This tile was made in my house, but the characters were made by an old man-a fortuneteller- who asked permission to write on it before it was baked.

Do you know where he lives?
asked Shoko Setsu.
He used to live not far from here and I can show you where, but I do not know his name.
replied the tilemaker.

Having been guided to the house Shoko Setsu presented himself and asked to be bought before the old man.
A student asked him to come into the apartment and was shown to a room filled with students. As Shoko Setsu took his seat the students all bowed very low. The one who showed him in bowed low and said
We are sorry to tell you our master passed away a few days ago. But we have been waiting for you because he predicted you would come on this day to this house at this hour.

Your name is Shoko Setsu and our master told us to give you this book which he believed will be of service to you, please accept it.

Shoko Setsu was surprised and delighted, for the book was a manuscript of the rarest and most precious kind containing all the secrets of divination.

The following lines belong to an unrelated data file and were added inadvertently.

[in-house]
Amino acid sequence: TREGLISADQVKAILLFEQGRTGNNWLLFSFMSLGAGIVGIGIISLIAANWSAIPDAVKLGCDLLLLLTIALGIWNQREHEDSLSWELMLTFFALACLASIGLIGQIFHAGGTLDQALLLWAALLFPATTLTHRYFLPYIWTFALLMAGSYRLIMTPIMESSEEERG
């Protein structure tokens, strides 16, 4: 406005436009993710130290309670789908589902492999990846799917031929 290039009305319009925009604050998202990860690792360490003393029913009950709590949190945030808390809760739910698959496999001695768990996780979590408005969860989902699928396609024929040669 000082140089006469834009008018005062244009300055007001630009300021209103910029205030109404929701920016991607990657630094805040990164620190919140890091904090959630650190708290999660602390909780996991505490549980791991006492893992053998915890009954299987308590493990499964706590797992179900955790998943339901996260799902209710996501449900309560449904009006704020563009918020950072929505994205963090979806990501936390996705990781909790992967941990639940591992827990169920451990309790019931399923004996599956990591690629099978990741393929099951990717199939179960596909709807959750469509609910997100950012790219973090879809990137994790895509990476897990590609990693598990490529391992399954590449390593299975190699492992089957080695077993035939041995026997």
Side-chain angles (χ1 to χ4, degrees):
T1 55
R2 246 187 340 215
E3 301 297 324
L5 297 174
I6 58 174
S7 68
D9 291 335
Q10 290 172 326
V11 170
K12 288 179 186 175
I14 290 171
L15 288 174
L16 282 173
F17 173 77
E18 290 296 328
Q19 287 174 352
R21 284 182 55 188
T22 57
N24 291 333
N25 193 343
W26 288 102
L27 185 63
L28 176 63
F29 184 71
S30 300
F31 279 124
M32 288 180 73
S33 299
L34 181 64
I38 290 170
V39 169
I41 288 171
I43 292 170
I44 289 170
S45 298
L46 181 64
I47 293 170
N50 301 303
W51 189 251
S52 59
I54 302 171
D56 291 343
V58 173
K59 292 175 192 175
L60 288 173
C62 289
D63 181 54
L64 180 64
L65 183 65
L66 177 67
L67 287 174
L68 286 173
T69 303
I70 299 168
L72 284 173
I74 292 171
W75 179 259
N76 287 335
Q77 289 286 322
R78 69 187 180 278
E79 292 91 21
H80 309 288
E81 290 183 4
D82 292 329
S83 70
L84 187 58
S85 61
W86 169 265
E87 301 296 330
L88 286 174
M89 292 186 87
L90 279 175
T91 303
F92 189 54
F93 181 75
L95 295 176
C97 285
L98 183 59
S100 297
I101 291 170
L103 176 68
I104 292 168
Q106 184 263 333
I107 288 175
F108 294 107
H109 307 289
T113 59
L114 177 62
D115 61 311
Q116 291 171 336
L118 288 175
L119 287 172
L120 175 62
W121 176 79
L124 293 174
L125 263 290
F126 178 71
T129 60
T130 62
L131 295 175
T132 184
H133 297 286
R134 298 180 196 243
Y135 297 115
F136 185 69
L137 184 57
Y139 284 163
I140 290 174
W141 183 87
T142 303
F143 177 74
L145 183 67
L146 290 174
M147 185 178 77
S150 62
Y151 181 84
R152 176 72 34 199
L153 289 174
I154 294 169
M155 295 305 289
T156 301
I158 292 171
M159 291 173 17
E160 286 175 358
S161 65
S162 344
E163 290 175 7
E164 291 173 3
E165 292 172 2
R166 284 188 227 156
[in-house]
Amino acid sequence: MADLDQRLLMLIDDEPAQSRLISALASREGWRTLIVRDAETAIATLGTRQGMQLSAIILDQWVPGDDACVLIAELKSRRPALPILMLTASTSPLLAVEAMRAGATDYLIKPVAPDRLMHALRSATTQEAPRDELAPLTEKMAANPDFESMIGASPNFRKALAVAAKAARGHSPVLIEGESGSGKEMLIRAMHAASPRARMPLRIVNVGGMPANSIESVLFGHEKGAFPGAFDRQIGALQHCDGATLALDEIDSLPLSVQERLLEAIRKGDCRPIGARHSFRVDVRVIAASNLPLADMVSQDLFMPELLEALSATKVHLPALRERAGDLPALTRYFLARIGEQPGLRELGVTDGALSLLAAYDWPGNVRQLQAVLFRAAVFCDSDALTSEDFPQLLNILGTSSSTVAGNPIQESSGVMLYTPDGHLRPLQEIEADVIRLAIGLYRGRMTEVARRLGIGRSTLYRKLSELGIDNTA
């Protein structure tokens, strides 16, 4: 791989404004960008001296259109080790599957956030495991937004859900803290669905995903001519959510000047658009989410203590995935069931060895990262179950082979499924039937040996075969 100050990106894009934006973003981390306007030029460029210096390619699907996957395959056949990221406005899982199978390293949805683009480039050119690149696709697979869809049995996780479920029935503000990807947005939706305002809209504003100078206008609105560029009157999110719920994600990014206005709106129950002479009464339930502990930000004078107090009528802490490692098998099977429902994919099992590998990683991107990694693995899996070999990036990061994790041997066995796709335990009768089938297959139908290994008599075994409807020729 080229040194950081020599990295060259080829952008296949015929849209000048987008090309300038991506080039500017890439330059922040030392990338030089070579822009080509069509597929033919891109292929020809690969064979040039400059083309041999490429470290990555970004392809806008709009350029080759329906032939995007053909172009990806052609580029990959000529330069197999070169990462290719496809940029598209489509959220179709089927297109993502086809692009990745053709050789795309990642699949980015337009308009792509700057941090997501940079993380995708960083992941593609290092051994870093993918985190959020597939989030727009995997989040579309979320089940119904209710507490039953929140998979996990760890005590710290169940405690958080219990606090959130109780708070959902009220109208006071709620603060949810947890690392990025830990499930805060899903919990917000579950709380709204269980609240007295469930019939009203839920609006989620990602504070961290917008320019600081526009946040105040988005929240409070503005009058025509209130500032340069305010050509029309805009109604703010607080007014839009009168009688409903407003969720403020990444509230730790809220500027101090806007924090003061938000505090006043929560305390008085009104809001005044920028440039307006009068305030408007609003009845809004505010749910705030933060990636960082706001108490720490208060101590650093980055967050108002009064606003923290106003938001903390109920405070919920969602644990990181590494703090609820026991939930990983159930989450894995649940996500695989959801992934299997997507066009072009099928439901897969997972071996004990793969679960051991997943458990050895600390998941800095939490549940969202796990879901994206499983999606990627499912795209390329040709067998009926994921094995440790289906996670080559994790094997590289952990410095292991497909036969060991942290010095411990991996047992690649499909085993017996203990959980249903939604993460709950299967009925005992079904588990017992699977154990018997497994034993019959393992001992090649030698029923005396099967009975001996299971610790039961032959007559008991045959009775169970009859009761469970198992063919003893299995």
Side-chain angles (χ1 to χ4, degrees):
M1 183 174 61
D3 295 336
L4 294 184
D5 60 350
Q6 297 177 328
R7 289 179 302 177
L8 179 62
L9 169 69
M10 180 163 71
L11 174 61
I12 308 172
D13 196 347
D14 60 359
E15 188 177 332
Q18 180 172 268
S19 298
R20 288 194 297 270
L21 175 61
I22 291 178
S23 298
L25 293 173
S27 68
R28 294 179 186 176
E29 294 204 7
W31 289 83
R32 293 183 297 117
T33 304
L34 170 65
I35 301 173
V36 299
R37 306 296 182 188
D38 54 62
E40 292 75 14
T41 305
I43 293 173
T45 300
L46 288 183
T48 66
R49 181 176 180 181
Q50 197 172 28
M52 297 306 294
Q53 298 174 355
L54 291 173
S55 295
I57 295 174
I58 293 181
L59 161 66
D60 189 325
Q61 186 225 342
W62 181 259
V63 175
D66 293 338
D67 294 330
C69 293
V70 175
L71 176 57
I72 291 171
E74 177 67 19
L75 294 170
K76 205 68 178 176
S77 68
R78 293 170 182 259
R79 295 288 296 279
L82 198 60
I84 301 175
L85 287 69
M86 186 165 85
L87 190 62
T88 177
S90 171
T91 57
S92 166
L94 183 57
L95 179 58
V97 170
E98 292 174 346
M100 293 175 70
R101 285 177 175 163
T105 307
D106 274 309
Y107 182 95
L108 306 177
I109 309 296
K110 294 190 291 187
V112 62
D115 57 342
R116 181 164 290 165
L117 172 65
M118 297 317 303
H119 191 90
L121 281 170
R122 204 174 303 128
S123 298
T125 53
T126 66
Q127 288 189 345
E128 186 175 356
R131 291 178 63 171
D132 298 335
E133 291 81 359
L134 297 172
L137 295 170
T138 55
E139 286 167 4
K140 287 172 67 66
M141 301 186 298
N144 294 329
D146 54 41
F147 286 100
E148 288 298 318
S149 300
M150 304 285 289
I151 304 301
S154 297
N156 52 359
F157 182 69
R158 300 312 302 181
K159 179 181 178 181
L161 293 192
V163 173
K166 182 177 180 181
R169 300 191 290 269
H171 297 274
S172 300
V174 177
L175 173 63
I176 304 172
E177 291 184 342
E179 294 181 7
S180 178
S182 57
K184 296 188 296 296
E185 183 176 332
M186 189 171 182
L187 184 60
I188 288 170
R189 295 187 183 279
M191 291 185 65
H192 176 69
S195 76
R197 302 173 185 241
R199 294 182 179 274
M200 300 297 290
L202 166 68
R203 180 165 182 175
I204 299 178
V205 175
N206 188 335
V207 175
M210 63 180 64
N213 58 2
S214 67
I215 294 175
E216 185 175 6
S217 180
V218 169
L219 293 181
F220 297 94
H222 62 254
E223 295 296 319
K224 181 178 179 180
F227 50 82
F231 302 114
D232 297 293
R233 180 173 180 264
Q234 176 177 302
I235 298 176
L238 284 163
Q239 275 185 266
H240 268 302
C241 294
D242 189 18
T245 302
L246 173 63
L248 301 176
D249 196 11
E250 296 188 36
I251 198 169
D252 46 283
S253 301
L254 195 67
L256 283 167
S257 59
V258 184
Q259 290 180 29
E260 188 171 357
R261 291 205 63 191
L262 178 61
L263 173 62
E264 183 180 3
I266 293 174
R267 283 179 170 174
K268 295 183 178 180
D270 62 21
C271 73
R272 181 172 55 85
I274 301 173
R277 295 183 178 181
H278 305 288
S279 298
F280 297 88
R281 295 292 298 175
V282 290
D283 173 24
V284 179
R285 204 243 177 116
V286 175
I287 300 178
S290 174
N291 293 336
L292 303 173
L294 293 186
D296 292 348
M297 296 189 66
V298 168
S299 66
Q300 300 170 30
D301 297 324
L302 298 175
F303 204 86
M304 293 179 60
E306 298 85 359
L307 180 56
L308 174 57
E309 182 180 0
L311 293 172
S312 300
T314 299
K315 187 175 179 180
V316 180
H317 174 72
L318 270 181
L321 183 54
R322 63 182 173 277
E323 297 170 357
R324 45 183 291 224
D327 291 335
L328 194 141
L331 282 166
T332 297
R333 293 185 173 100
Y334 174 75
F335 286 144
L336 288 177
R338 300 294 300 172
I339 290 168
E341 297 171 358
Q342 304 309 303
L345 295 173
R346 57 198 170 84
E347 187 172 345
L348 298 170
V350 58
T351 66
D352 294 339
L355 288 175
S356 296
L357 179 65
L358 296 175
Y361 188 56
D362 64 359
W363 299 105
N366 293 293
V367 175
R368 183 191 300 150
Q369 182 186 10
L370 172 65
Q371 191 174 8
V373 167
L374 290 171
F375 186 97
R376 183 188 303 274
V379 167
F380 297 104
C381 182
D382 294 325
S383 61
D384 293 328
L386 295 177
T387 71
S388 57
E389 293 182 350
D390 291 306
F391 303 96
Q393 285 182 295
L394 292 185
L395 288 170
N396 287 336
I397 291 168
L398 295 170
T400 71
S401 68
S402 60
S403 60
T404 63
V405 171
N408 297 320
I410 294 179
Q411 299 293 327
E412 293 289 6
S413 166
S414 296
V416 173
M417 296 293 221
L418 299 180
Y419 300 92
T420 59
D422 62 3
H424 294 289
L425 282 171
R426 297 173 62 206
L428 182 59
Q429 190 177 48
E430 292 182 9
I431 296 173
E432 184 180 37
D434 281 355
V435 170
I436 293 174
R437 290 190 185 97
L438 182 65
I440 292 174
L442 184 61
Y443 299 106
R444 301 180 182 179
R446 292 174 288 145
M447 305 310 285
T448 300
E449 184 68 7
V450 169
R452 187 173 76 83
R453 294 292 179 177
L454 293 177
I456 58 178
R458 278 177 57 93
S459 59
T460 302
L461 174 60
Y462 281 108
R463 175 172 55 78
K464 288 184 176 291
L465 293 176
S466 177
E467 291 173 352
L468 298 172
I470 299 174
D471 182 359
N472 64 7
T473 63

After having thanked the young man and properly expressing his regret at the death of his master 
he went back to his hut and immediately proceeded to test the books worth in regard to his own fortune.

The book suggested to him that on the south side of the hut at a particular spot good luck awaited him.
He dug at the spot in the corner and found a jar containing enough gold to make him a very wealthy man.


My friend Shoko Setsu left this world as lonely as he had lived in it.

Last winter whilst crossing a mountain pass he was overtaken by a snowstorm and lost his way.

Many days later he was found standing up at the foot of a pine tree, eyes closed and hands in meditation pose. A statue of ice.
I suppose he had fallen asleep in meditation and the snow drift had risen over him.

Hearing of his strange death I remembered the old Japanese saying; 
"Uranaiya minouye shiradzu"
"The fortune teller knows not his   own fate."

My thanks to Lafcadio Hearn